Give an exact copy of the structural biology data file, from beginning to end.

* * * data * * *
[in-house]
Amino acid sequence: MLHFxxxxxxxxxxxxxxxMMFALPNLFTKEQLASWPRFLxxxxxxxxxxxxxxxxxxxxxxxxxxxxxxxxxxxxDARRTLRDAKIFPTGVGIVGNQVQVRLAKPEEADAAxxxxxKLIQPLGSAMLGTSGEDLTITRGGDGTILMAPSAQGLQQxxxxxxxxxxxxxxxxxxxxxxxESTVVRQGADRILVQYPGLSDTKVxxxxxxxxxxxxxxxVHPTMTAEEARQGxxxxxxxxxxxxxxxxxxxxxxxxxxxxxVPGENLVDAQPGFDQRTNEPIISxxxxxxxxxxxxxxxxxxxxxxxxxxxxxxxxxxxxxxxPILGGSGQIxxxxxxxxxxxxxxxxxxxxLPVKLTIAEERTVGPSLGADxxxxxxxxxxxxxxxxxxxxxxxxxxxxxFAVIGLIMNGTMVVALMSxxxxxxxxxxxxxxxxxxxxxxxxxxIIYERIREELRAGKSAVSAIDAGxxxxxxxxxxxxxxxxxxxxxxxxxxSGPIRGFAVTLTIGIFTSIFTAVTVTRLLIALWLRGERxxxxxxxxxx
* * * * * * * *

[in-house]
Amino acid sequence: MLHFxxxxxxxxxxxxxxxMMFALPNLFTKEQLASWPRFLxxxxxxxxxxxxxxxxxxxxxxxxxxxxxxxxxxxxDARRTLRDAKIFPTGVGIVGNQVQVRLAKPEEADAAxxxxxKLIQPLGSAMLGTSGEDLTITRGGDGTILMAPSAQGLQQxxxxxxxxxxxxxxxxxxxxxxxESTVVRQGADRILVQYPGLSDTKVxxxxxxxxxxxxxxxVHPTMTAEEARQGxxxxxxxxxxxxxxxxxxxxxxxxxxxxxVPGENLVDAQPGFDQRTNEPIISxxxxxxxxxxxxxxxxxxxxxxxxxxxxxxxxxxxxxxxPILGGSGQIxxxxxxxxxxxxxxxxxxxxLPVKLTIAEERTVGPSLGADxxxxxxxxxxxxxxxxxxxxxxxxxxxxxFAVIGLIMNGTMVVALMSxxxxxxxxxxxxxxxxxxxxxxxxxxIIYERIREELRAGKSAVSAIDAGxxxxxxxxxxxxxxxxxxxxxxxxxxSGPIRGFAVTLTIGIFTSIFTAVTVTRLLIALWLRGERxxxxxxxxxx